Once again I’ll point towards a great article over at New Liturgical Movement.
Recently, Dr. Kwasniewski wrote a piece covering some exquisite custom-made altar cards from Notre Dame in Paris, France. They are rather beautiful, and they speak more and more to the great Catholic trait and habit of beautifying and sacralizing even the most basic of things. Sadly, this trait was thrown out, with so much else, in and since the 1960s. The Church, that great patron of the arts and the financier to some of the greatest pieces of art known, cast off Her usual beauty for what can only be described as mundane trash (at its best!).
We’ve begun to see some restoration and progression back to beauty in our liturgies, our books, our publications (as can be seen through articles written at NLM and places like Adoremus), which is grand, but we still need to push further until it reaches the upper echelons of Catholic publishing (Catholic Book Publishing Company, OCP, GIA, etc).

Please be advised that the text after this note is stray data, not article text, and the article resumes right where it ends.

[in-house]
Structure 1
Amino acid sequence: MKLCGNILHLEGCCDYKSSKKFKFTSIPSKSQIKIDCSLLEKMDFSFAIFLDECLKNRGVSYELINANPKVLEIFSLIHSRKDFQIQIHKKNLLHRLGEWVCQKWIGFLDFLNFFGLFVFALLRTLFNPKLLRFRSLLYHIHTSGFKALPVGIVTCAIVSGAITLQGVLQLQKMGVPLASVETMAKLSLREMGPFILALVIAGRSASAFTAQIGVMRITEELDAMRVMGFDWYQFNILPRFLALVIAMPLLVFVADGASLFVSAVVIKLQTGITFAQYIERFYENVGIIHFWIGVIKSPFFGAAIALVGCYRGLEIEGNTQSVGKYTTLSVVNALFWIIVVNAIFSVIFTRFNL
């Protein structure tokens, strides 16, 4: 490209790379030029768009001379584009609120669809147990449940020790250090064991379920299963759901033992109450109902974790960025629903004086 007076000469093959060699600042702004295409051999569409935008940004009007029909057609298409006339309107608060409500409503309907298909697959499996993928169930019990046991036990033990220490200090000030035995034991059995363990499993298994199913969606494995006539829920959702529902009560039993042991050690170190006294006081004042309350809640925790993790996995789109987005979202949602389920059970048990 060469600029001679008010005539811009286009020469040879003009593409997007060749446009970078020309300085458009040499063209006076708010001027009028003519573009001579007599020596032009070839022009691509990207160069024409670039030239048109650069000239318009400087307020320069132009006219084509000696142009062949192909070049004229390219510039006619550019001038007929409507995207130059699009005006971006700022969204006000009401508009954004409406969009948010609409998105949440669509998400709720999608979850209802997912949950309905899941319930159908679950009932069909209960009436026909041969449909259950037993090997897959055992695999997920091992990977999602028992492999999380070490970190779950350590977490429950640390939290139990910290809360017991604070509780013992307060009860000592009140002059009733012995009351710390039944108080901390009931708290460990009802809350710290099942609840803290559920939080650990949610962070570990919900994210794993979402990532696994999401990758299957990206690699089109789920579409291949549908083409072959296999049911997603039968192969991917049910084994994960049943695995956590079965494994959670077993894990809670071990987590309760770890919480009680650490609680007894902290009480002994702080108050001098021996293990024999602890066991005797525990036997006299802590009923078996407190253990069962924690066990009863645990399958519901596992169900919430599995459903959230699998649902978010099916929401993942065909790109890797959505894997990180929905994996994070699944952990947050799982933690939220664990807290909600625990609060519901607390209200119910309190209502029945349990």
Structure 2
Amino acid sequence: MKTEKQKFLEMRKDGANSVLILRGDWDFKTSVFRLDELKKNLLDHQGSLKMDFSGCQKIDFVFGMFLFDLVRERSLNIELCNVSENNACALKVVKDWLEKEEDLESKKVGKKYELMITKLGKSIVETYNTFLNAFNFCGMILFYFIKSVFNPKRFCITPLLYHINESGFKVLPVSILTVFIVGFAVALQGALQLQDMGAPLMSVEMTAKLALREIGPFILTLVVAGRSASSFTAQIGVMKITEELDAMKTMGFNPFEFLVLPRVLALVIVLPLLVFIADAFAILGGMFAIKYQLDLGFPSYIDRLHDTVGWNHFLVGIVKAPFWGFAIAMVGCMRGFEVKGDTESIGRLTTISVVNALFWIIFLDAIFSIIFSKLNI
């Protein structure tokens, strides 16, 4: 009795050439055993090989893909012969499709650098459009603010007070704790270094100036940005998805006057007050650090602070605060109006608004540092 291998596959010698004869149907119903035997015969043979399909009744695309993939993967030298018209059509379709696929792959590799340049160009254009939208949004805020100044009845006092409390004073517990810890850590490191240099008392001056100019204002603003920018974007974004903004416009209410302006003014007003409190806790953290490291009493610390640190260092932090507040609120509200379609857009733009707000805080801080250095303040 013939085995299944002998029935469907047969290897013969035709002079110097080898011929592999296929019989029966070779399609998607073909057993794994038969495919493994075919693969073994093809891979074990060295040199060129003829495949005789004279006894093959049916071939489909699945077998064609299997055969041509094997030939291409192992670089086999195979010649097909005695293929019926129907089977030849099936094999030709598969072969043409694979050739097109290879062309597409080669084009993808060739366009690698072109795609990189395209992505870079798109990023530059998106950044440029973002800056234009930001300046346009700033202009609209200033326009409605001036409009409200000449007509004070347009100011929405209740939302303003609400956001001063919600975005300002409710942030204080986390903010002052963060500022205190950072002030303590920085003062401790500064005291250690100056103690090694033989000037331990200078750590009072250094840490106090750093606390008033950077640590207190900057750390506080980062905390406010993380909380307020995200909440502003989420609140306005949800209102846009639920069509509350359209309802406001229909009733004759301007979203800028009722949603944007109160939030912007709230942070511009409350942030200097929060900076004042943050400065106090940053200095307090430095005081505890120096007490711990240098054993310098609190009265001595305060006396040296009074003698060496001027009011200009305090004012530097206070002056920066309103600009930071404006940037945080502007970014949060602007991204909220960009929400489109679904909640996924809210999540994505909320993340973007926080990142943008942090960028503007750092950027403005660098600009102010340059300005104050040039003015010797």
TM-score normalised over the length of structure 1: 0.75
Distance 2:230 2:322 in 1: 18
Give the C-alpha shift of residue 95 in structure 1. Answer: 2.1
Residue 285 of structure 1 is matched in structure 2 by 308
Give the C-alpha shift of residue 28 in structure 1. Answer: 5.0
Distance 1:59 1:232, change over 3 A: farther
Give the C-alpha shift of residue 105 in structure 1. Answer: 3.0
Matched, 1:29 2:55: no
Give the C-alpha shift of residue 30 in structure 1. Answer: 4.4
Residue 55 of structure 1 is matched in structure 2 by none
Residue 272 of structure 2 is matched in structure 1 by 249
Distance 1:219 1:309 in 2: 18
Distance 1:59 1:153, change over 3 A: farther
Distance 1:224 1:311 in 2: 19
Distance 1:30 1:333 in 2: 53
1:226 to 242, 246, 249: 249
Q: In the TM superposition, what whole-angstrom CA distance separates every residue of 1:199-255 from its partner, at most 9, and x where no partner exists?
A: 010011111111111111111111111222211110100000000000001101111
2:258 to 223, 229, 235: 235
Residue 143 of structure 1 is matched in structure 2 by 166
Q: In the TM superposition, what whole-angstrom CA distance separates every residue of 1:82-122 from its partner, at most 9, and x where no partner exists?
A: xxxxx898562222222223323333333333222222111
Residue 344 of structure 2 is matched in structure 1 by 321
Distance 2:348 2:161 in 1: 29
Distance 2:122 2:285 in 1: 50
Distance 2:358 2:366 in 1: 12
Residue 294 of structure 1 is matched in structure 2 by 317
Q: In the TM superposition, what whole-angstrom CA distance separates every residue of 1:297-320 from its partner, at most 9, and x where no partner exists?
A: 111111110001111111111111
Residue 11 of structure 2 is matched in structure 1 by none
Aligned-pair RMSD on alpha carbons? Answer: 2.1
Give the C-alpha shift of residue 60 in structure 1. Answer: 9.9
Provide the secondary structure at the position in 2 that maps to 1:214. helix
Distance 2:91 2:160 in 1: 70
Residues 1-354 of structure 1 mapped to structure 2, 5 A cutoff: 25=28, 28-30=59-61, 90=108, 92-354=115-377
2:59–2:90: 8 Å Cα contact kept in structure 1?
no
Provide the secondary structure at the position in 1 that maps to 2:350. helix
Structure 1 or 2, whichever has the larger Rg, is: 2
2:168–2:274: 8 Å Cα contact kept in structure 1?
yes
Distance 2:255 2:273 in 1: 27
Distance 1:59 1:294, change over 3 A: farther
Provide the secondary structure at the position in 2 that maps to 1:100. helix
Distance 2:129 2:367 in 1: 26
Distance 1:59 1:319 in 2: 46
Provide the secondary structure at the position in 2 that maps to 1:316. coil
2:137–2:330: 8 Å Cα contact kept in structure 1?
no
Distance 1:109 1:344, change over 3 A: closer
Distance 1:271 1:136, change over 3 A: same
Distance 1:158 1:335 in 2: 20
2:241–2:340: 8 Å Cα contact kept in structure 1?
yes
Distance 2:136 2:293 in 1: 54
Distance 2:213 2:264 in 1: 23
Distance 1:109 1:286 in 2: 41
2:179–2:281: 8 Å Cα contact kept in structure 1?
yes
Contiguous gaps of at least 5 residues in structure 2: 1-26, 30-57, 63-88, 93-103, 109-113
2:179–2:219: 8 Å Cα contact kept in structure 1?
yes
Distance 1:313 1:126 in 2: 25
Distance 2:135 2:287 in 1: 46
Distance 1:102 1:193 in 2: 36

Some great snippets from Dr. Kwasniewski’s article (emphases mine):
When one is just starting up a TLM apostolate, the budget is usually tight and what matters is having an affordable set of altar cards available for Mass. As time goes on, however, and especially in the context of a stable community, a dedicated parish or a religious house, we may want to give serious thought to how we might augment the beauty of the furnishings of the altar and the sanctuary, and even, if possible, use the occasion for offering patronage to a promising Catholic artist. The fine arts will never take off again in the Church if we who claim to love beautiful things do not step forward and donate for this specific purpose.
These are no longer mere textual prompts but works of beauty that give glory to God, the Greatest and Best.
It is as if the craftsman said to himself: “These cards have a certain function, but since they are going to be visible throughout, I will make them worth looking at.” It is one more example of the Catholic way of raising up the mundane and making a virtue of necessity.